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Mountain Building Folding Faulting Volcanoes Most Major Mountain ranges were formed by the collision of continental Plates.

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Presentation on theme: "Mountain Building Folding Faulting Volcanoes Most Major Mountain ranges were formed by the collision of continental Plates."— Presentation transcript:

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2 Mountain Building Folding Faulting Volcanoes

3 Most Major Mountain ranges were formed by the collision of continental Plates

4 Mountains by Folding Fold mountains are actually formed by crust which have been uplifted and folded (buckled or bent) by compressional forces. Rock that is put under extreme pressure for long periods of time (thousands or millions of years) will fold like clay.

5 Mountains by Folding… cont’d This occurs along convergent plate boundaries where 2 plates move towards each other. Between continental plates or between an oceanic and a continental plate.

6 Mountains by Folding… cont’d Ande s Alps Appalachian Himilayas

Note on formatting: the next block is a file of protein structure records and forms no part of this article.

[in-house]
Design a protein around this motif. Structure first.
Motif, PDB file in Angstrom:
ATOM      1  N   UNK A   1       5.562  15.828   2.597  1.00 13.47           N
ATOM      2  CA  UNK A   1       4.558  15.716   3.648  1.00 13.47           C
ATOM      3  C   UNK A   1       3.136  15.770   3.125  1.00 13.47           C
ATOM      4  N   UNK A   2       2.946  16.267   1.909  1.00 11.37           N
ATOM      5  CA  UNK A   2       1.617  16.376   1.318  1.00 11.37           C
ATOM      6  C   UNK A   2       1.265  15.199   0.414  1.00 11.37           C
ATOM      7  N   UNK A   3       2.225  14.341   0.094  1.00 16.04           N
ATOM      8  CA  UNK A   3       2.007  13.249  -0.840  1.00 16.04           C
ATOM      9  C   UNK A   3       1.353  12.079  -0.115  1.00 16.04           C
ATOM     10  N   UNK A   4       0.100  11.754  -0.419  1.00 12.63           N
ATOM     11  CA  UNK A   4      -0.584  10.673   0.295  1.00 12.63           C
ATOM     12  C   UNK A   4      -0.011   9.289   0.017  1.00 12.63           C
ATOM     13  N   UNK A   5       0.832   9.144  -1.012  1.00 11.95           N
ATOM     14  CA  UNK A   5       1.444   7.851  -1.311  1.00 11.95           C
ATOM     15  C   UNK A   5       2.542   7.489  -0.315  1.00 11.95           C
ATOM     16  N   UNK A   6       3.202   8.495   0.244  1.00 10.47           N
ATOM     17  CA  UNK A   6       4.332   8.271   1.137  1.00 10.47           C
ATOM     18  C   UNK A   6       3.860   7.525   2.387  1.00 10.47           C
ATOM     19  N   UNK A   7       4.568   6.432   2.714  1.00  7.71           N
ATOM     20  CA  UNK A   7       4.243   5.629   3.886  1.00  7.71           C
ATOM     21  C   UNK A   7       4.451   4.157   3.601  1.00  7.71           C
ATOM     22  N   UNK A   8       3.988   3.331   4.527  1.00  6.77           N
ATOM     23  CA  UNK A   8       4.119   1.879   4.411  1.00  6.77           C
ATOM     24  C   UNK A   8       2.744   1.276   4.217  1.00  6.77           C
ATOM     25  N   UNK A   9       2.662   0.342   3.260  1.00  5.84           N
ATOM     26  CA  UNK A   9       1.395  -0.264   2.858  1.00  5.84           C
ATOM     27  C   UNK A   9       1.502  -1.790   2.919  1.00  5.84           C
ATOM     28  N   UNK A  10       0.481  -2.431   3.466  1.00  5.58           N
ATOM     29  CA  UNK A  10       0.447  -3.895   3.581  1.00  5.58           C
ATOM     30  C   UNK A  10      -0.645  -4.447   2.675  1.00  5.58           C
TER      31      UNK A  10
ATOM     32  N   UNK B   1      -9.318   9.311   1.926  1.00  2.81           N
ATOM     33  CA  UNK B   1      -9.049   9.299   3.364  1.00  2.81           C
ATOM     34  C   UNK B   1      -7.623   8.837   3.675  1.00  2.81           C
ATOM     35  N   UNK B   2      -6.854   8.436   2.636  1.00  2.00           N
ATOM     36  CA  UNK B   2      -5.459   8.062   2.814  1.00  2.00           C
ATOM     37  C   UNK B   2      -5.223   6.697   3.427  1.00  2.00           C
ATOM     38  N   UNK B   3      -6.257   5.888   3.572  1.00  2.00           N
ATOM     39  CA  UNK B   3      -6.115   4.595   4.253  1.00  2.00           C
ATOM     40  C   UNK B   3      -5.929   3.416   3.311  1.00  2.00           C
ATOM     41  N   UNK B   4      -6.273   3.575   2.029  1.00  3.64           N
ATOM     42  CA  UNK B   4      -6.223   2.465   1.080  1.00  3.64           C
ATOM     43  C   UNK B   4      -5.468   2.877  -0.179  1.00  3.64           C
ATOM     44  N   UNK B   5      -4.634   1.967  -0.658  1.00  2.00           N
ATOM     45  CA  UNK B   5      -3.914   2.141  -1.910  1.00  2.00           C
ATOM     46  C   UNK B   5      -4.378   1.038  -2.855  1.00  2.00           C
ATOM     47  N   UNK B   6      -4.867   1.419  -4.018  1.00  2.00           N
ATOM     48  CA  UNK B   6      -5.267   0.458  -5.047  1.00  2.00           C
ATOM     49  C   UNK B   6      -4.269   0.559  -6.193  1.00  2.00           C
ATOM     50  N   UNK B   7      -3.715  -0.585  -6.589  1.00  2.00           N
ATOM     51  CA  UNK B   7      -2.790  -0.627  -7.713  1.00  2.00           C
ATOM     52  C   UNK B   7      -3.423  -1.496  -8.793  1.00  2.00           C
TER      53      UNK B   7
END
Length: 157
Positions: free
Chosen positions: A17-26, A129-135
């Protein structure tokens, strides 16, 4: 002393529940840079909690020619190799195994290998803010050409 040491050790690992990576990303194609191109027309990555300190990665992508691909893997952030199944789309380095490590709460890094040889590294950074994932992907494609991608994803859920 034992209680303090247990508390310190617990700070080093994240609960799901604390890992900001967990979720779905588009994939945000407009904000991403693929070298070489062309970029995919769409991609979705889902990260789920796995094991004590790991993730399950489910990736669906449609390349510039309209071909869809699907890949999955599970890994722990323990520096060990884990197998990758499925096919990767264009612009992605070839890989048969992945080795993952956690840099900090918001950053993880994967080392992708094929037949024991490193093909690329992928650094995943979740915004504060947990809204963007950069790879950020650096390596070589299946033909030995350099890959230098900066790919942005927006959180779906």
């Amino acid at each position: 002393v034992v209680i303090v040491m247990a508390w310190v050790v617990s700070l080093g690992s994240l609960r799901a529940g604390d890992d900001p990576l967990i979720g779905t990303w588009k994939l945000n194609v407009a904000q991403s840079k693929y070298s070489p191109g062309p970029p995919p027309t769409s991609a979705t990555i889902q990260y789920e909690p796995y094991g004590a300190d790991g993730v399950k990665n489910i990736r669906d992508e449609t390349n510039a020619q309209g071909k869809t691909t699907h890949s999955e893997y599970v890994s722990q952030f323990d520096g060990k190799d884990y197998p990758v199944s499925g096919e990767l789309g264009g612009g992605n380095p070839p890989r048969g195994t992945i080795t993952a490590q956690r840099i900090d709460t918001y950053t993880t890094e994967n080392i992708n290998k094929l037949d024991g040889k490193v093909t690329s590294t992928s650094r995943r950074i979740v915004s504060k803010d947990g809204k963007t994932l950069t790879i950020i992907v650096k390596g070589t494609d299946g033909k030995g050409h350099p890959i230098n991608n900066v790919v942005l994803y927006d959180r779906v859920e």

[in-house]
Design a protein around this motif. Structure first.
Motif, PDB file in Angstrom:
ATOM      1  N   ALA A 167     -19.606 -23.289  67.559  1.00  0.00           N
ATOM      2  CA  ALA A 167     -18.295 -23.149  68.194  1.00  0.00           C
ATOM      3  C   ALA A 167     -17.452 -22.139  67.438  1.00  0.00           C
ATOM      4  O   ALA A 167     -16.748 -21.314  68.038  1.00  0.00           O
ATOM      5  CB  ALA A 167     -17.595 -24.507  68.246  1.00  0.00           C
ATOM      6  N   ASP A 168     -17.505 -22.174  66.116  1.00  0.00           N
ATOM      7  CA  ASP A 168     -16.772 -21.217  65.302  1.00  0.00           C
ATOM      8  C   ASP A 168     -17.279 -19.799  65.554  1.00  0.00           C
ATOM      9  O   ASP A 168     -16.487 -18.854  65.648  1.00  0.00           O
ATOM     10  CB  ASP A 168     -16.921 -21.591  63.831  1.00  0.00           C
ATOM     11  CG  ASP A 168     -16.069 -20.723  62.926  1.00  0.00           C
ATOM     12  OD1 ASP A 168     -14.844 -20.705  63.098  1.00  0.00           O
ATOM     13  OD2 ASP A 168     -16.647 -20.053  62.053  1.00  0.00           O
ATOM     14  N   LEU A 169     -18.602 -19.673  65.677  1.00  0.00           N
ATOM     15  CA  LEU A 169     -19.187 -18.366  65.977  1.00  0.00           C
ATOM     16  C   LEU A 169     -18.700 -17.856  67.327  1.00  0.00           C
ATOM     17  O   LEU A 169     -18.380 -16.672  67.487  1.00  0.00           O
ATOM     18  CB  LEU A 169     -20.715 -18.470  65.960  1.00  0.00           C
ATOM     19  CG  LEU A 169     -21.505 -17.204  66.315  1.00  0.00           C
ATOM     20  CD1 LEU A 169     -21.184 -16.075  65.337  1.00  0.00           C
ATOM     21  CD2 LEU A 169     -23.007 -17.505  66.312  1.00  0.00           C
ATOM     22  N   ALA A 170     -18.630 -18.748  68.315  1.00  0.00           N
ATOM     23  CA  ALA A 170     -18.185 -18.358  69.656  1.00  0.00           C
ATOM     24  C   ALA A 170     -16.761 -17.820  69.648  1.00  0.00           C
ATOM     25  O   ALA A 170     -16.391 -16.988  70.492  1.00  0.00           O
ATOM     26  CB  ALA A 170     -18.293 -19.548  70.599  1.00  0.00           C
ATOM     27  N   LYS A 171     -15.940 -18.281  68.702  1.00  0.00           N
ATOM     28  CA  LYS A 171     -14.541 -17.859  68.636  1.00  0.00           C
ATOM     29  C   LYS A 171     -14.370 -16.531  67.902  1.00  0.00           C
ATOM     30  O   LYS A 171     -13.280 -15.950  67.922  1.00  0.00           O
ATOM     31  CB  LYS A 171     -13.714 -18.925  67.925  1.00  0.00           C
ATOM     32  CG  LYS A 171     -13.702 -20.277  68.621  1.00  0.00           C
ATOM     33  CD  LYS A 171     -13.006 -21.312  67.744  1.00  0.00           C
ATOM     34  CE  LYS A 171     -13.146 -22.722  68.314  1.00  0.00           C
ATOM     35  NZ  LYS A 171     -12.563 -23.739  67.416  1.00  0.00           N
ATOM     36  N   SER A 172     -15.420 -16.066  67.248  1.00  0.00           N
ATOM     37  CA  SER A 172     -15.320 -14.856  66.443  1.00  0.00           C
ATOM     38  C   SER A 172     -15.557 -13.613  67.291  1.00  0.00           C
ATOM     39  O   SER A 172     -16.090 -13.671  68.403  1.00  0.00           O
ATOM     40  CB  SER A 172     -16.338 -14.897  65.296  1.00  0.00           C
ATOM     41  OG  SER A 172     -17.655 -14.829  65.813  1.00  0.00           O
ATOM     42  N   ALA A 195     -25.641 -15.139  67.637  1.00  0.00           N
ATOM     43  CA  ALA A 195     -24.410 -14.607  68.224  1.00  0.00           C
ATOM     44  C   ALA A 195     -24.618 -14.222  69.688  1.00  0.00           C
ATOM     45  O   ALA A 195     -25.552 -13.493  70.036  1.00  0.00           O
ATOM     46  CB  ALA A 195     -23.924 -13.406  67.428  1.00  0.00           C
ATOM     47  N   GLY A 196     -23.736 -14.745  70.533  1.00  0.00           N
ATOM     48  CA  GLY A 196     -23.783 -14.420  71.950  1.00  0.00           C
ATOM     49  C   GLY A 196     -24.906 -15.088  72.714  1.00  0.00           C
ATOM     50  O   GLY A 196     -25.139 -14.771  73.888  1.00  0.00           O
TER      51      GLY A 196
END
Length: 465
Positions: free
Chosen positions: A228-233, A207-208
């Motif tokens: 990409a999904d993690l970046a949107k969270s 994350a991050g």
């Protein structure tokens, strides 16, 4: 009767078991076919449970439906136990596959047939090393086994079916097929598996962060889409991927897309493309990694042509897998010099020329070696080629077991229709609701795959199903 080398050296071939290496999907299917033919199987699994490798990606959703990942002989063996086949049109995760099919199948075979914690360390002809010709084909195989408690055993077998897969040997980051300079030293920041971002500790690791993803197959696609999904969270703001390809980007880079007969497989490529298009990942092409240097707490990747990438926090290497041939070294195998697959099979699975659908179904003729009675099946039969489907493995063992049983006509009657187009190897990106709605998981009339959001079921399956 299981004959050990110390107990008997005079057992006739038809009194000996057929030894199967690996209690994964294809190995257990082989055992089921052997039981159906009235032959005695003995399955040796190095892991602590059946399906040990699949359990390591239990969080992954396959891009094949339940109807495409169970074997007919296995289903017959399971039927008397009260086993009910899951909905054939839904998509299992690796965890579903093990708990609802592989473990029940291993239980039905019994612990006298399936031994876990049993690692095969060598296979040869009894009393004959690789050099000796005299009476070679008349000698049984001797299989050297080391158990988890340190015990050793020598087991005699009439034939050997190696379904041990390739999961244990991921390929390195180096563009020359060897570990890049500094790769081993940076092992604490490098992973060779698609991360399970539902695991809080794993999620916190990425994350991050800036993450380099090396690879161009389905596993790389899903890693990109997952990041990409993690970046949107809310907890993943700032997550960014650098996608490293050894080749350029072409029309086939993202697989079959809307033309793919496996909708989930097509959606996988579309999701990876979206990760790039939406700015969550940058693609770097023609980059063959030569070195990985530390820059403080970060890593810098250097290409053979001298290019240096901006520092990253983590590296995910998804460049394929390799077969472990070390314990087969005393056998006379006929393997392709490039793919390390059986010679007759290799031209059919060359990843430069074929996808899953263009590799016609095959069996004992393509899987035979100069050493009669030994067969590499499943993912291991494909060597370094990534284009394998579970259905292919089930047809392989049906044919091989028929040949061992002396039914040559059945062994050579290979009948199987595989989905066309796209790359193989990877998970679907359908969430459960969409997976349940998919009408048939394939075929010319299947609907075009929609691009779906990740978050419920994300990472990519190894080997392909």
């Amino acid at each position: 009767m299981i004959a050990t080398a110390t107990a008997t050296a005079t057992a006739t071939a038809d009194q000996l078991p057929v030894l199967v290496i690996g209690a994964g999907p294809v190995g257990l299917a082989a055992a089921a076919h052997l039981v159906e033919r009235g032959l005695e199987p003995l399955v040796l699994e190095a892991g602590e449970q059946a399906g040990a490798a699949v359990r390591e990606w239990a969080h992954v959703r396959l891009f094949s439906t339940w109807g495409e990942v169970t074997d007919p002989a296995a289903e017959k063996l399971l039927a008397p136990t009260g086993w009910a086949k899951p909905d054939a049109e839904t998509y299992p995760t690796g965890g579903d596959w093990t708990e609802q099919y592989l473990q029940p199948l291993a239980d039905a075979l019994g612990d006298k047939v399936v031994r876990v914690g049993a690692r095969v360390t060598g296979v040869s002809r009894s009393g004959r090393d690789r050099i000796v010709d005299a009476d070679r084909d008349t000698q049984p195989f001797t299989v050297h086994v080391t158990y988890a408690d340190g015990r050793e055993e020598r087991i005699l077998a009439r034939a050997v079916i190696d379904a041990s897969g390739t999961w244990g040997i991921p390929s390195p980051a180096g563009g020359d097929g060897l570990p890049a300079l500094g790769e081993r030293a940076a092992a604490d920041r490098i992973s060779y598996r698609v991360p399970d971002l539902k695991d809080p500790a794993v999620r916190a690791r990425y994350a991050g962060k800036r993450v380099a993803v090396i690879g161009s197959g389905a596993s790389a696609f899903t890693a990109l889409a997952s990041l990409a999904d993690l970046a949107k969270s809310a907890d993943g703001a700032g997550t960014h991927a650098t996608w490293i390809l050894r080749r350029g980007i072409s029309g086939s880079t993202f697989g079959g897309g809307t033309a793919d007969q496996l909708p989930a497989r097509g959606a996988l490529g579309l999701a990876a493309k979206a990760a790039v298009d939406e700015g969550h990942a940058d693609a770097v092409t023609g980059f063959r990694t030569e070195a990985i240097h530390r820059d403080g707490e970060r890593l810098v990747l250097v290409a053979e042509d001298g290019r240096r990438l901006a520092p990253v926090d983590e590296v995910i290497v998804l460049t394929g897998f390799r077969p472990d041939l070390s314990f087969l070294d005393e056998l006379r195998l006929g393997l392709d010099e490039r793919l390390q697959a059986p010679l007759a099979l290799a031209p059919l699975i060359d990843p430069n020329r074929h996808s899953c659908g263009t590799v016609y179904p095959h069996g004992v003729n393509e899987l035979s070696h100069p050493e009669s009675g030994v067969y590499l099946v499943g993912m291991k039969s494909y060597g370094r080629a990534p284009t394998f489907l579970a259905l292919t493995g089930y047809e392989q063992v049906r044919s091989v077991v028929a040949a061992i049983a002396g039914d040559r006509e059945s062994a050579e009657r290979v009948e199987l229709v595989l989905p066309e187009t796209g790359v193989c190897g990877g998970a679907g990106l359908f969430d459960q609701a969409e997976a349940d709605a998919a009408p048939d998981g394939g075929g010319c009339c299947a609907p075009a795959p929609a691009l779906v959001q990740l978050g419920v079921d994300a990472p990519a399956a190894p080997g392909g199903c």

7 Folding Folding bends many layers of rocks without breaking them. Often creating a series of peaks and valleys. Anticline = Peak created by folding Syncline = Valley creating by folding Syncline Anticline

8 Mountains by Faulting Generally caused by tensional Forces Land moves apart at Faults. Hanging Wall drops below the Foot Wall. This is called a NORMAL FAULT Fault lines are cracks in the crust.

9 Foot Wall Hanging Wall Mountains by Faulting Normal Faults

10 Rift Valleys Sometimes form when many layers of the Earth's crust are moved vertically downward. Between two parallel fault lines. Occurs when the broken plate between 2 parallel faults drop as the broken plates move away from each other P. 14/15

11 Fault Block Mountains Sometimes form when many layers of the Earth's crust are moved vertically upward. Generally between two parallel fault lines. Vertical force is caused by the earth's internal pressure. The mountains that are formed in this way are called fault-block mountains. P. 14/15

12 Block Mountains by Faulting

13 Reverse Faults Caused By Compressional Forces (push) Land moves together at Fault. Footwall plate is forced under or below the hanging wall. Hanging wall may rise enough to form a mountain